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What is Rotavirus?
Rotavirus is virus with a typical viral shape. It is comprised of eleven strands of RNA, within a three-layer icosahedral capsid. The virus is not enveloped, and it can be up to 76.5nm. There are five rotavirus species - A, B, C, D, and E. Most human cases are caused by rotavirus A, which has several different serotypes.
The virus is spread via the fecal-oral route. This means that an infected person sheds the virus in his or her feces, and the virus then infects another person by entering through the mouth. This most commonly occurs due to contact with contaminated hands or other objects, but it can also be spread via infected food and water.
Rotavirus most frequently causes diarrhea and vomiting, especially in small children and elderly patients. Since it is caused by a virus, antibiotics will not help treat a rotavirus infection. There is no antiviral medication to treat an infection with rotavirus. Treatment for rotavirus includes treating the dehydration that can result from the infection.
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Rotavirus in Children
Although rotavirus can cause illness in anyone, babies and young children are at an increased risk. Rotavirus causes gastroenteritis, which is the inflammation of the stomach and intestines. This often results in watery diarrhea, vomiting, stomach pains and a fever. Small children and babies are at risk of dehydration from the diarrhea that lasts 3-8 days. Signs of dehydration in children include thirst, restlessness, sunken eyes, dry mouth and fewer trips to the bathroom.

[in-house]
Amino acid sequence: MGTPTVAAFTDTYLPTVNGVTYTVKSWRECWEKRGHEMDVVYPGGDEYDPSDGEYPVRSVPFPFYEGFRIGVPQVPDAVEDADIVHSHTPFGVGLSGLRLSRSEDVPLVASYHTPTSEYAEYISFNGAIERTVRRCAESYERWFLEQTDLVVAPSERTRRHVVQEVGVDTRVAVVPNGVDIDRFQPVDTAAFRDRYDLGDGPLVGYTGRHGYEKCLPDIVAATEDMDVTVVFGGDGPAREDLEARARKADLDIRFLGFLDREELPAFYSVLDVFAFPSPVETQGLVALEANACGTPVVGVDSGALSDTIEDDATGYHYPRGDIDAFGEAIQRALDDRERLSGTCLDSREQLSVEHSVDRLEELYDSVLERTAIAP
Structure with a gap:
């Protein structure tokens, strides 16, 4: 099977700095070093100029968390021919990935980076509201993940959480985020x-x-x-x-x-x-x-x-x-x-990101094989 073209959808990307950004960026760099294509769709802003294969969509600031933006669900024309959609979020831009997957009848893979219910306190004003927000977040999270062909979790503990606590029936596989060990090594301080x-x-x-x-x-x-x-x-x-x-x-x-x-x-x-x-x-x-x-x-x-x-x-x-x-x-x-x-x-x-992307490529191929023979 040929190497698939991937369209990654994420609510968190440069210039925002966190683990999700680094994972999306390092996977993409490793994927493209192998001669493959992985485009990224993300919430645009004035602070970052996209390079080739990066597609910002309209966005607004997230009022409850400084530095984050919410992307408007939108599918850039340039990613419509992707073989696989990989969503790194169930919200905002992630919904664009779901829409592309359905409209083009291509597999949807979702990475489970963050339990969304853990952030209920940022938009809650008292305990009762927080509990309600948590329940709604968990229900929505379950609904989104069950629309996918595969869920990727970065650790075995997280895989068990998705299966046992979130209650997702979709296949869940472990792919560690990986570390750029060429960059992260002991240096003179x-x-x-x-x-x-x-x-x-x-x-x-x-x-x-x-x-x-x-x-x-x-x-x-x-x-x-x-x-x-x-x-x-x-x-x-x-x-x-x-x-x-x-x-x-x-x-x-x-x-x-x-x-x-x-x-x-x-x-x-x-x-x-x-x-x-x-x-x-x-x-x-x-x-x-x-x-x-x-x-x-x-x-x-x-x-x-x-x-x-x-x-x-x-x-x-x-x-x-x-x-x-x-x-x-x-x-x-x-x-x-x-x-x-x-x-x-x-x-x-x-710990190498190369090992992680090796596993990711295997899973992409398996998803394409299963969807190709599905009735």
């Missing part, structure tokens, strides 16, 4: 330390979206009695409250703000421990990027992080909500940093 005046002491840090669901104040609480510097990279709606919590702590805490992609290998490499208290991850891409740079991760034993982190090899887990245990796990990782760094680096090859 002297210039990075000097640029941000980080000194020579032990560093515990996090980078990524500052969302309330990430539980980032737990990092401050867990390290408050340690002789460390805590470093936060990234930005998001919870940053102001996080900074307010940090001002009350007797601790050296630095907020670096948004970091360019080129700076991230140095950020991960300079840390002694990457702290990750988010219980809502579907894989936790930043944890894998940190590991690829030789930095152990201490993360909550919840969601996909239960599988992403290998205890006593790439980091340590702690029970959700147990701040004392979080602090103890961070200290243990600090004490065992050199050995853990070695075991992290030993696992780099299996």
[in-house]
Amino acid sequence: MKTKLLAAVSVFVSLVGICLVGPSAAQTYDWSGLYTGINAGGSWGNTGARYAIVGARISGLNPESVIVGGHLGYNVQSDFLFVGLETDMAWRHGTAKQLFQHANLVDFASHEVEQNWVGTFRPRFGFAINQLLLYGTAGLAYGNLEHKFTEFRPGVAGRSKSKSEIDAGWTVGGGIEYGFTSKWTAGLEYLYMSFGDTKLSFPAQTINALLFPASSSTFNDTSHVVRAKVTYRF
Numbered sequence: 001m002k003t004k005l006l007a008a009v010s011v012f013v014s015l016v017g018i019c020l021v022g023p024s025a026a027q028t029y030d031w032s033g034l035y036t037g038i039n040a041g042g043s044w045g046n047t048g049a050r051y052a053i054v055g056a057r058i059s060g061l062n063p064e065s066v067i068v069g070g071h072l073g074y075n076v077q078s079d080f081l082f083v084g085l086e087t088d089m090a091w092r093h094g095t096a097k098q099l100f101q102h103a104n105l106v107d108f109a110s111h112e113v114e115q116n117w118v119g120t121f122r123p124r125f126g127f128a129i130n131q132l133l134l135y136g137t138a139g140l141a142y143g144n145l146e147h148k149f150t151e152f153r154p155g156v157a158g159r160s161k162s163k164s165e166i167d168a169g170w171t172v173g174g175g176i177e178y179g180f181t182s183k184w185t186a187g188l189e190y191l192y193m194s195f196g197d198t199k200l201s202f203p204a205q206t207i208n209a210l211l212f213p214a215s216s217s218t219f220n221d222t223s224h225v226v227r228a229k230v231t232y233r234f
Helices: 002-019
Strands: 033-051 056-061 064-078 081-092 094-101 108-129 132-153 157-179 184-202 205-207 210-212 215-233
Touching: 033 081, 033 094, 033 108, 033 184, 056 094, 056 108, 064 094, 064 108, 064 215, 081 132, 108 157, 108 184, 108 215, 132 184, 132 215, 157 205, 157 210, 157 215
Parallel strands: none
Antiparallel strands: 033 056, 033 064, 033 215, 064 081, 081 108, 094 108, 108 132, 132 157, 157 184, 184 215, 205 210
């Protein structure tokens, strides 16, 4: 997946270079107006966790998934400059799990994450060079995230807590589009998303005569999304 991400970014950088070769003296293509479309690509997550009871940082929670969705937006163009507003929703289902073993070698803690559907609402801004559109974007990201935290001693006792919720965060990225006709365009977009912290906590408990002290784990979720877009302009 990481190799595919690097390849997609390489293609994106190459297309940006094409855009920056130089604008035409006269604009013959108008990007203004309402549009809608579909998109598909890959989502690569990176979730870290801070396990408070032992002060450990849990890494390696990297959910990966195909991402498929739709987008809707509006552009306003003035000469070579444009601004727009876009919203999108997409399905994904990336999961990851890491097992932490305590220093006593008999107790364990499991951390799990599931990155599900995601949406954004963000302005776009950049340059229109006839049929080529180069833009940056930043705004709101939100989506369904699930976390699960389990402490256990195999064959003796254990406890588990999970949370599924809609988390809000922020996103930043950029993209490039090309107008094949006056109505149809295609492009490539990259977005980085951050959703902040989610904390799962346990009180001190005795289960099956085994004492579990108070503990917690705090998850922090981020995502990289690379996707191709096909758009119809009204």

In 2006, a vaccine for rotavirus was introduced in the United States. Currently, two vaccines are available: RotaTeq and Rotarix. Both vaccines are given orally and provide 85-98% protection against rotavirus infections. Prior to 2006, nearly everyone in America had been infected with rotavirus before their fifth birthday. Rotavirus accounted for 200,000 visits to the emergency room and up to 70,000 hospitalizations each year. Rotavirus is still the leading cause of diarrhea in children around the world, and it accounts for more than half a million deaths in children each year.
Rotavirus spreads very quickly among children. The virus can be found in the stool of infected children who show symptoms, but it is also found in the feces of children who haven't yet started to show symptoms. Children are less likely to wash their hands after using the bathroom, and they're also likely to put their fingers in their mouths. Daycare centers are an especially good breeding ground for rotavirus, because they contain large groups of children sharing common objects, like toys. The best way to prevent the spread of rotavirus is to wash hands after using the restroom and after changing diapers. Disinfecting toys and surfaces used by children can also help stop the spread.
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Centers for Disease Control and Prevention. "Rotavirus." October 28, 2010. http://www.cdc.gov/rotavirus/index.html.
The Nemour Foundation. "Infections: Rotavirus"